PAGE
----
Securing residency in Spain in time for Brexit

, ,
Sagrada Familia; Spanish residence and Brexit

Please note that this article is over six months old. While Blevins Franks takes care to make sure that information is accurate on the date of publication, some content may change over time. You should not rely on the accuracy of legislation and tax information in this article; take professional advice for your circumstances.

To lock in residence and healthcare benefits in Spain, UK expatriates need to secure Spanish residence in 2020 or face tougher rules post-Brexit.

To lock in residence and healthcare benefits in Spain before Brexit, UK expatriates must secure Spanish residence in 2020… or face tougher rules from 2021.

UK nationals living in Spain or owning Spanish property can feel reassured that little will change while the Brexit transition period is underway. But with no certainty beyond 2020, time is running out to secure your position and lock in guaranteed protections. 

What is at stake?

If you are lawfully settled in Spain before 31 December 2020, you can acquire guaranteed citizens’ rights under the UK/EU Withdrawal Agreement.

This provides the right to remain indefinitely and access the same social security, education and employment opportunities as today, for as long as you remain resident in Spain. You would also be entitled to existing Spanish healthcare benefits and annual cost-of-living increases to the UK State Pension.

However, anyone arriving from 2021 may have restricted movement in Spain and be subject to a new residence regime to access similar rights. While the post-Brexit residence rules are yet to be confirmed, the requirements may be more stringent and the process more complicated than today. 

As such, there is everything to gain by taking steps now to become Spanish resident and come under the protection of the Withdrawal Agreement.

See what you need to know about the Brexit Withdrawal Agreement

How to become lawfully resident in Spain

If you are already in Spain but have not yet secured settled status, register with the local authorities as soon as possible to get your residence recognised.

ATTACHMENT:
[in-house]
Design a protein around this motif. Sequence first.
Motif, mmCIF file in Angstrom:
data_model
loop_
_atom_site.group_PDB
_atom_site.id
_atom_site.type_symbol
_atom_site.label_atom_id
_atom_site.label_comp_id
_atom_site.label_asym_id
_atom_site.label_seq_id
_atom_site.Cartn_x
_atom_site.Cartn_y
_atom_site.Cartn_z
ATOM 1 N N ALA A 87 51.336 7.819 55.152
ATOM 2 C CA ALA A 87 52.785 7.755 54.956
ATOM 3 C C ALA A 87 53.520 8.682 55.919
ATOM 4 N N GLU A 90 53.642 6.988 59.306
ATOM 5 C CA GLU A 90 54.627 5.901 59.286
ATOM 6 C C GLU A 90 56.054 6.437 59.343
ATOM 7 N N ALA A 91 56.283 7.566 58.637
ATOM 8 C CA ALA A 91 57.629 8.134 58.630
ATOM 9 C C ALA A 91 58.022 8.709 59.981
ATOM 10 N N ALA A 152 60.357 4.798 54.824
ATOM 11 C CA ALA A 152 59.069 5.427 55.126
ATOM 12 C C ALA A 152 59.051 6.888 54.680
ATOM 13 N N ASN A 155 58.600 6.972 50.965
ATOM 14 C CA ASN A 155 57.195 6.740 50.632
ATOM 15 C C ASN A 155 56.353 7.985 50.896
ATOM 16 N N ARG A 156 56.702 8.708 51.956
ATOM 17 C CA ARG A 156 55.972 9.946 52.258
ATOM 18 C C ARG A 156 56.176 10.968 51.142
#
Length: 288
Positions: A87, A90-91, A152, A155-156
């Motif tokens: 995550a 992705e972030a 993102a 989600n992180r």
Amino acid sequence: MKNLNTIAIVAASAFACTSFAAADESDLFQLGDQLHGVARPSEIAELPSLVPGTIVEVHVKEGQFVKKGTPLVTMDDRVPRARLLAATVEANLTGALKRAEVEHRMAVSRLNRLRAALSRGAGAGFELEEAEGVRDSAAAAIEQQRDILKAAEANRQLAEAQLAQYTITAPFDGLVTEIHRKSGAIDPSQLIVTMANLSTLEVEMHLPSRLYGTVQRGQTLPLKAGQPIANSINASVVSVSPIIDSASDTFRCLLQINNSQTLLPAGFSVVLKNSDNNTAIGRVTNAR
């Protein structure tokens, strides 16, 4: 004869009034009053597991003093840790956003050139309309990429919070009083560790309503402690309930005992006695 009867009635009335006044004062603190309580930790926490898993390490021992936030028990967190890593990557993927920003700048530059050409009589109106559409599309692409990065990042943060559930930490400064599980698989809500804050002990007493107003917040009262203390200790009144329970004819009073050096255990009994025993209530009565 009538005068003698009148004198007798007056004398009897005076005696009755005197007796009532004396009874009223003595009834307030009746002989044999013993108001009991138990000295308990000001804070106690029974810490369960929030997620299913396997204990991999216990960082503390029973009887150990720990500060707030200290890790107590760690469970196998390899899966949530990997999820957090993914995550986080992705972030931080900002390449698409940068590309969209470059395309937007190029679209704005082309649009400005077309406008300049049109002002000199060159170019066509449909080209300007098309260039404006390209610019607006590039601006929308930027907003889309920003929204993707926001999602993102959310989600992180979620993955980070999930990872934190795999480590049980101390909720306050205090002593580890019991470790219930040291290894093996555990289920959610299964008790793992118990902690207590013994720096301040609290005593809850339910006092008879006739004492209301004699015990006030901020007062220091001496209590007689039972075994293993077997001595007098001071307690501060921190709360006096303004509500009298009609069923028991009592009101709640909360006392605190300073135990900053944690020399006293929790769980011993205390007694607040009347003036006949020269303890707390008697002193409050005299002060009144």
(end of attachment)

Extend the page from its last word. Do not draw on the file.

All EU/EEA nationals staying in Spain more than three months should apply for the temporary (green) residence certificate.

If you spend more than 183 days here, you are also obliged to register with your local padrón municipal.

Of course, if you meet the criteria to be tax resident, you also should have formally registered with the Spanish tax office and submit annual income tax and wealth tax (if applicable) returns, as well as Modelo 720 (reporting of assets abroad). 

Temporary residents must continue meeting the conditions of residence and be prepared to demonstrate this. After five years, you can qualify for permanent residency. 

Spanish citizenship is available after ten years – however, under current rules, you would have to renounce your UK nationality as Spain does not allow dual nationality. 

Download our guide to Brexit and residence in Spain

Existing residents in Spain

If you already hold Spanish residence papers – whether just temporary or permanent – you are considered lawfully settled but may be expected to apply for the new ‘Foreigners Identity Card’ (TIE) when it becomes available.

What changes for non-residents in Spain in 2021?

From 1 January 2021, UK nationals without Spanish settled status lose automatic freedom of movement and may be treated as ‘third country’ (non-EU) citizens.

This means it is likely you would only legally be able to stay in Spain for up to 90 days in an 180-day period. 

UK citizens will, of course, still be able to acquire Spanish residency… but under unknown rules and requirements. Current rules for non-EU/EEA citizens wishing to settle in Spain with a ‘non-lucrative’ visa require each individual to demonstrate minimum financial requirements to prove sufficient economic means for the period of residency in Spain.

Note you cannot apply ‘in-country’, so would have to leave Spain to apply through the relevant UK consulate.

So if you are still thinking about moving permanently to Spain, it will never be easier than today – wherever possible, relocate and register before the end of 2020 to be protected by the Withdrawal Agreement. 

What else do you need to know?

The Withdrawal Agreement extends lifetime citizens’ rights to partners and dependent family members, allowing them to join you in Spain even after 2020, so long as the relationship was established before 31 December 2020. 

Beware, however, you would lose your guaranteed rights if you are absent from Spain for five consecutive years. Also, there is no onward freedom of movement, so if you want to move to another EU state from 2021, you would have to apply as a non-EU/EEA citizen. 

For the best results, take personalised advice to establish what you can do to secure your position in Spain and ensure your tax, estate planning, pensions and investments are set up in the best way for your life in Spain, before and after Brexit. 

Contact a Spain-based adviser

Blevins Franks accepts no liability for any loss resulting from any action or inaction or omission as a result of reading this article, which is general in nature and not specific to your circumstances. All advice received from any Blevins Franks firm is personalised and provided in writing. This document, however, should not be construed as providing any personalised taxation and/or investment advice. Summarised information is based upon our understanding of current laws and practices which may change. Individuals should seek personalised advice.

Tax rates, scope and reliefs may change. Any statements concerning taxation are based upon our understanding of current taxation laws and practices which are subject to change. Tax information has been summarised; individuals should seek personalised advice.